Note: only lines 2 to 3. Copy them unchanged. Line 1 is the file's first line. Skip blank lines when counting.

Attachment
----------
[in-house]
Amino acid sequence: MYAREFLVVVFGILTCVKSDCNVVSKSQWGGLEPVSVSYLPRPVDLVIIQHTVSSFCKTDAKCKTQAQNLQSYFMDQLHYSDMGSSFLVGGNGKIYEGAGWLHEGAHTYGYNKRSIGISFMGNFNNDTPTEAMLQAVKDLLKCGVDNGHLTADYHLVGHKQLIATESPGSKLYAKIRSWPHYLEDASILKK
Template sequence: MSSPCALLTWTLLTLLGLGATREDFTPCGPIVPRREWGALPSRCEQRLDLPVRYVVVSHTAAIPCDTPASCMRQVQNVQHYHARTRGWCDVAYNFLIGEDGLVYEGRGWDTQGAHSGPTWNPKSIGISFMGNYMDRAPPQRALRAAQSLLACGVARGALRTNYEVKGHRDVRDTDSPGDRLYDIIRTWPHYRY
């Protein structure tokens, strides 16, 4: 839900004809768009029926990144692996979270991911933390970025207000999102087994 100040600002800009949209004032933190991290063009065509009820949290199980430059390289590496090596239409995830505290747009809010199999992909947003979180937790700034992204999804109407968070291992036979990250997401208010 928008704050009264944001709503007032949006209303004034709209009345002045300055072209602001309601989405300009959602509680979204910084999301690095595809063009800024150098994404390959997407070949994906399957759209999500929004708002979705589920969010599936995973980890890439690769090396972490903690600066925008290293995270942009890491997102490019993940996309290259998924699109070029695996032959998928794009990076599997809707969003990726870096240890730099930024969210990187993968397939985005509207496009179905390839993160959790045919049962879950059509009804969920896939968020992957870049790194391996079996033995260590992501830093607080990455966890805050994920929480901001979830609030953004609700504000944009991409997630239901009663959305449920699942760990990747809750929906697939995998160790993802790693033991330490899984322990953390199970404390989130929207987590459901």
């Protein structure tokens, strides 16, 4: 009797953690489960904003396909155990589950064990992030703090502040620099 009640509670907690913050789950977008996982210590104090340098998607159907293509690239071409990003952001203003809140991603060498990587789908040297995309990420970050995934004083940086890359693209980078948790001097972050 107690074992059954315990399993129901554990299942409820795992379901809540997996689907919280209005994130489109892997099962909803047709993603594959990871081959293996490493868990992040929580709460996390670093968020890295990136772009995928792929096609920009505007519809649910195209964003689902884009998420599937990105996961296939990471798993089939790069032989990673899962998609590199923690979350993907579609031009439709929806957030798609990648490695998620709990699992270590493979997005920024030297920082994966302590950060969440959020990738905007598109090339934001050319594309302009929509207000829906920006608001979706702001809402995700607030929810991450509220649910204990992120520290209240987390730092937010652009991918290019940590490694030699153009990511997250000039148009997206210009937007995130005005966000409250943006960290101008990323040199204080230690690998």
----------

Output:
Amino acid sequence: MYAREFLVVVFGILTCVKSDCNVVSKSQWGGLEPVSVSYLPRPVDLVIIQHTVSSFCKTDAKCKTQAQNLQSYFMDQLHYSDMGSSFLVGGNGKIYEGAGWLHEGAHTYGYNKRSIGISFMGNFNNDTPTEAMLQAVKDLLKCGVDNGHLTADYHLVGHKQLIATESPGSKLYAKIRSWPHYLEDASILKK
Template sequence: MSSPCALLTWTLLTLLGLGATREDFTPCGPIVPRREWGALPSRCEQRLDLPVRYVVVSHTAAIPCDTPASCMRQVQNVQHYHARTRGWCDVAYNFLIGEDGLVYEGRGWDTQGAHSGPTWNPKSIGISFMGNYMDRAPPQRALRAAQSLLACGVARGALRTNYEVKGHRDVRDTDSPGDRLYDIIRTWPHYRY